I gather Pittosporum also prefers cool temperatures during the winter, and is therefore probably another victim of changing home construction, though I'm not 100% sure on that. According to Monrovia, they're only cold-hardy to USDA zone 8, so you wouldn't think they'd want a lot of cold in the winter. I don't know.

Portea petropolitana. Photo by BotBln, via Wikimedia Commons.

Portea spp. (no common name)4 aren't particularly common in the houseplant books, granted, but the Powell book lists a whole bunch of bromeliads I've never seen for sale, and this is one of them, so Portea is kind of standing in for all those (which also include Bromelia, Catopsis, Nidularium, and Quesnelia). The photo above was the best one I found for showing the leaves and inflorescence at the same time, but doesn't do a particularly good job selling the plant overall: it might be clearer why Portea would be desirable from some of the photos of inflorescences. (P. alatisepala, P. kermesina, P. leptantha, P. petropolitana. Don't skip that last one; the colors are particularly interesting.)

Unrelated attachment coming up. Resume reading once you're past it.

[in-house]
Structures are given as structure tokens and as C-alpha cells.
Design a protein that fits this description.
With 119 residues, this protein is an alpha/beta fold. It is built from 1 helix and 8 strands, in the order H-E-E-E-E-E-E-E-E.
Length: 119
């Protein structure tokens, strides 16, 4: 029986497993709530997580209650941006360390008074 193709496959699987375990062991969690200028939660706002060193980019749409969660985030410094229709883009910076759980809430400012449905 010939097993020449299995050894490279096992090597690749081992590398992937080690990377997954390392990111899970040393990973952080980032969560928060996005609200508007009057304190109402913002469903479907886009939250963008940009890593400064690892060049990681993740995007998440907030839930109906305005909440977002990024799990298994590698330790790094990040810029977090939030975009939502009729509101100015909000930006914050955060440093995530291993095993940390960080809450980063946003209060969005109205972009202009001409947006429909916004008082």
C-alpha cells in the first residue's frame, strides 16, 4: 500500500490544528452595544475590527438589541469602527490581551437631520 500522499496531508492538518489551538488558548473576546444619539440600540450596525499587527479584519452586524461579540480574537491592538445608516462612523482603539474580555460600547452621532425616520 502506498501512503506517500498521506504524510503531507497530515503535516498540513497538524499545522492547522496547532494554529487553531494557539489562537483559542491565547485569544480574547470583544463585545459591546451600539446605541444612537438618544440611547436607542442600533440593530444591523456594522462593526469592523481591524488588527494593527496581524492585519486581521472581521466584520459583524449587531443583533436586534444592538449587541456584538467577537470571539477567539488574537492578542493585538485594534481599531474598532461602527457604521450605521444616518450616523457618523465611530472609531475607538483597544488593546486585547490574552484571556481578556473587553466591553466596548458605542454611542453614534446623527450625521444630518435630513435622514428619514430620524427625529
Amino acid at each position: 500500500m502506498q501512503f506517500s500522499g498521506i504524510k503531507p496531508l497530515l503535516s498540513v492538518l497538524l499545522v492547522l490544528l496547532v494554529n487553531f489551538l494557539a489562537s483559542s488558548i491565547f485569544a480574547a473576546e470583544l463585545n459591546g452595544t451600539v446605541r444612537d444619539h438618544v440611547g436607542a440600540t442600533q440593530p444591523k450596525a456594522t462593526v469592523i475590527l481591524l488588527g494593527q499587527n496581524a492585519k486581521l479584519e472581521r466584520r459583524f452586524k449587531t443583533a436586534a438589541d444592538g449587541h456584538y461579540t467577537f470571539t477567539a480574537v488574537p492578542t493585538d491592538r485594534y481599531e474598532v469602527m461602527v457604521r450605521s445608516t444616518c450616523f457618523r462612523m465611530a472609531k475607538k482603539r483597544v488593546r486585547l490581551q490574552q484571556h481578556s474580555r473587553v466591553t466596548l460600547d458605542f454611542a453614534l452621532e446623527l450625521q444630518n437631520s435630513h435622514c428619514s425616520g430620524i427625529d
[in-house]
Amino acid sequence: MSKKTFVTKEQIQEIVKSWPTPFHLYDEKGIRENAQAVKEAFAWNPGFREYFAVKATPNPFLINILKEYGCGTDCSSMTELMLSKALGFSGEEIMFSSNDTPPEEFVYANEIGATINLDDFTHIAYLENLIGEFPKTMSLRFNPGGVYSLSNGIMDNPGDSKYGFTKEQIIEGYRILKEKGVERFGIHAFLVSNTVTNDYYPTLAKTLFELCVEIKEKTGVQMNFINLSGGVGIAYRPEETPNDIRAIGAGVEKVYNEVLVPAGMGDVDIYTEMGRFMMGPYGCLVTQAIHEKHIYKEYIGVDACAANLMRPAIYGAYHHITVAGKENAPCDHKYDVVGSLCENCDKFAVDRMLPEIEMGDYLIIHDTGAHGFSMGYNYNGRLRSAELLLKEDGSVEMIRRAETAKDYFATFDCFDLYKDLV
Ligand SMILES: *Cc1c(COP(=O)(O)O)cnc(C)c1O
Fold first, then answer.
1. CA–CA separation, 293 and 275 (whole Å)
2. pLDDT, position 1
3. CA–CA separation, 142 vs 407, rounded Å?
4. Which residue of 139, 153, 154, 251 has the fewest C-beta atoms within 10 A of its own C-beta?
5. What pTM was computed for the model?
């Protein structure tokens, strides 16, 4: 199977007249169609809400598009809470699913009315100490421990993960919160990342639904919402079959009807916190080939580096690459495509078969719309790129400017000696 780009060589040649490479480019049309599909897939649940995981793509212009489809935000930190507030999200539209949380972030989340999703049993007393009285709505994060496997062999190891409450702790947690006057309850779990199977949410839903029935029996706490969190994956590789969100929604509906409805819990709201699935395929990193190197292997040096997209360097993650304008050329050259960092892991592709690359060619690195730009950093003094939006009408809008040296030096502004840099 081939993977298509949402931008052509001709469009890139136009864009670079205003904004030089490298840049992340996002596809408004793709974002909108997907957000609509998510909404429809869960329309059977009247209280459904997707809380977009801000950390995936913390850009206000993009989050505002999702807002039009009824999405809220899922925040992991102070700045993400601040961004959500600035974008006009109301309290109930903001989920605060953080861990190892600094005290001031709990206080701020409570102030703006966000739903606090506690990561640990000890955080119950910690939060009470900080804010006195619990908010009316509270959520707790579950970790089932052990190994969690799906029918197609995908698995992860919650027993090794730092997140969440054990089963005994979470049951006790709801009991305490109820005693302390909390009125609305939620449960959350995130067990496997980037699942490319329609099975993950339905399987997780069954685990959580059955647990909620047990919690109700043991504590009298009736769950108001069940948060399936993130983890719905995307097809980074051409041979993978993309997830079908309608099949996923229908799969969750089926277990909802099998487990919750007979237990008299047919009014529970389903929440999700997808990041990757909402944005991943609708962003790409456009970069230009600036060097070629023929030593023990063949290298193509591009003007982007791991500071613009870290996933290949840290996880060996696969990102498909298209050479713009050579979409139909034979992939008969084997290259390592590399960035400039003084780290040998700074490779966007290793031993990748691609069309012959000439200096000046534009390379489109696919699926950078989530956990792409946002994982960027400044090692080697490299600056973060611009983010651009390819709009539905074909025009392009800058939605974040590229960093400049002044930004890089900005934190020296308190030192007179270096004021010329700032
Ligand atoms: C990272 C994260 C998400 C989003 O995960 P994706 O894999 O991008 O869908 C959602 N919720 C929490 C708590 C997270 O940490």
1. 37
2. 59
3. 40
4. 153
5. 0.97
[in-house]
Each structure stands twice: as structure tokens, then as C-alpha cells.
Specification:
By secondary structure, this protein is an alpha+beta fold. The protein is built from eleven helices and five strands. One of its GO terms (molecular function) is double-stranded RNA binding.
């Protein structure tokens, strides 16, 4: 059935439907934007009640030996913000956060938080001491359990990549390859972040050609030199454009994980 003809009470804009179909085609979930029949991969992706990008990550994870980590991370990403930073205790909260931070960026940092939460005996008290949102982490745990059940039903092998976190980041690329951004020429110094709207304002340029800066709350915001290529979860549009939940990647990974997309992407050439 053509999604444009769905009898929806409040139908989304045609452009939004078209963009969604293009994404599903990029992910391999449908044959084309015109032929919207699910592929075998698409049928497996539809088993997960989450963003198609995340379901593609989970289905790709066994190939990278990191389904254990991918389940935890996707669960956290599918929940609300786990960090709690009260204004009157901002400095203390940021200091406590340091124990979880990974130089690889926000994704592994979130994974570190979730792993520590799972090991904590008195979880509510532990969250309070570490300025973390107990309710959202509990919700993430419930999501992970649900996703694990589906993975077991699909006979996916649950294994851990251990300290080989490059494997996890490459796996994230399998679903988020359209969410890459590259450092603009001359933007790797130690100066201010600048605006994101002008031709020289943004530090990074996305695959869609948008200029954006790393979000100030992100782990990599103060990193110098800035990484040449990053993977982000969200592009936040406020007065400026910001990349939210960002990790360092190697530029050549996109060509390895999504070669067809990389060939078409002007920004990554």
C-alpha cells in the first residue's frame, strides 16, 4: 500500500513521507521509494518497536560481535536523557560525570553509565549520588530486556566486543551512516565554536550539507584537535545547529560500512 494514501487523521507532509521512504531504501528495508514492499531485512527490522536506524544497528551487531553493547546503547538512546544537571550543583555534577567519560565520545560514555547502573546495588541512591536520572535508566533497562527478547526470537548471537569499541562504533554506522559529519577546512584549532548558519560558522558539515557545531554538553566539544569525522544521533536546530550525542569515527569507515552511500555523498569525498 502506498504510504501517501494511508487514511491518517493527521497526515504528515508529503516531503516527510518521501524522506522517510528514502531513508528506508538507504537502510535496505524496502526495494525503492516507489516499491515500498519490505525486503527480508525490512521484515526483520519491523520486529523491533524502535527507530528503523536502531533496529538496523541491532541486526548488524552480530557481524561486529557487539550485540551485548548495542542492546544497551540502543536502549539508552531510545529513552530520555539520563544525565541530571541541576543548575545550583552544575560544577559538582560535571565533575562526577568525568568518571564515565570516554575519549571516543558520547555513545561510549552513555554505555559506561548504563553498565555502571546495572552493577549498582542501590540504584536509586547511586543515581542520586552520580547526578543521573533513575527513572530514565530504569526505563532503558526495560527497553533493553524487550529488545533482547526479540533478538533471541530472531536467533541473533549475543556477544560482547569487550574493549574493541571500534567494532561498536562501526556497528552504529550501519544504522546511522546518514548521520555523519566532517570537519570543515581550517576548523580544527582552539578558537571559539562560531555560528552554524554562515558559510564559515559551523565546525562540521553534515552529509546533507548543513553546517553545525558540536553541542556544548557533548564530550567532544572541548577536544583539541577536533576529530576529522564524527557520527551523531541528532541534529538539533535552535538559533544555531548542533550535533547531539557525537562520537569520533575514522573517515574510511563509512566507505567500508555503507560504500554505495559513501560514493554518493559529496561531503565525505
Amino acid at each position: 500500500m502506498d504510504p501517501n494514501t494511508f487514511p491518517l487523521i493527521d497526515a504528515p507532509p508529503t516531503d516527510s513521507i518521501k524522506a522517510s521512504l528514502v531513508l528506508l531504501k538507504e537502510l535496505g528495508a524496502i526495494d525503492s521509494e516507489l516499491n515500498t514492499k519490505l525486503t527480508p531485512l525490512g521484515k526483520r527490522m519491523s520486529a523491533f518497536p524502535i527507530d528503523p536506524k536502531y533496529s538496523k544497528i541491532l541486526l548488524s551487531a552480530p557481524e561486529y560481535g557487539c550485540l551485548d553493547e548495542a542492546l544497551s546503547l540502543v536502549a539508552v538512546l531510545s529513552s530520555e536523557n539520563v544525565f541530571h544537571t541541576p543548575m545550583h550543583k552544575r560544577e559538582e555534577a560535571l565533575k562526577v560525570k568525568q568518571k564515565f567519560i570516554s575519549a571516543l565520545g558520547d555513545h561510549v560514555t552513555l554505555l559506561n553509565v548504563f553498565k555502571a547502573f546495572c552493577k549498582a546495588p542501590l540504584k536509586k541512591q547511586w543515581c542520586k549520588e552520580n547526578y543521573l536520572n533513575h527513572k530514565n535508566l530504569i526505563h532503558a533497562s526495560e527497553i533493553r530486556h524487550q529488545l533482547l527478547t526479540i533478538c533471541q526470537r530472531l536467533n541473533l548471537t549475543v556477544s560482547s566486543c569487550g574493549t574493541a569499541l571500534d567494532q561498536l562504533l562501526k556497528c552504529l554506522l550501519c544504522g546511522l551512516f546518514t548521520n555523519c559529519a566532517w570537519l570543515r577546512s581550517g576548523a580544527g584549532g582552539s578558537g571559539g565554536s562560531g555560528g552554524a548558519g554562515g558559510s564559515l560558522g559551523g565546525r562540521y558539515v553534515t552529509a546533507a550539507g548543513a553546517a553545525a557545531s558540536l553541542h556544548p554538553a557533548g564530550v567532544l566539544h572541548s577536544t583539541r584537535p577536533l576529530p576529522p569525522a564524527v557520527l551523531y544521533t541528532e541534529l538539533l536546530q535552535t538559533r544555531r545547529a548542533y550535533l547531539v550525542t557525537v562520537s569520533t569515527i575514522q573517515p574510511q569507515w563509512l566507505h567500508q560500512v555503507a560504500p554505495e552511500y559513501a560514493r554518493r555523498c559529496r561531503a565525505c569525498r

The leaf margins are heavily spined, which might explain some of the problem with Porteas (though it doesn't look any worse than some of the Aechmeas or Neoregelias I've seen for sale). Beyond that, there's no obvious problem. Poking around with Google turned up some evidence that they may need a lot of sun, and some of them do get large. They are sold here and there on-line as outdoor plants for people in tropical climates, so it stands to reason that they could be put on trucks and shipped north as easily as anything else could. I'd be interested in a Portea someday, too.

Punica granatum. My (terrible) photo.

I've personally met a couple people who grew Punica granatum (pomegranate) indoors, and the ex-job was selling them the last time I was there, so Punica isn't missing from retail as much as just exceedingly rare. (That's the only time I can recall seeing them in retail.) Not sure why that is; by one of those people's accounts, it wasn't particularly difficult, though I don't know how long he'd had it.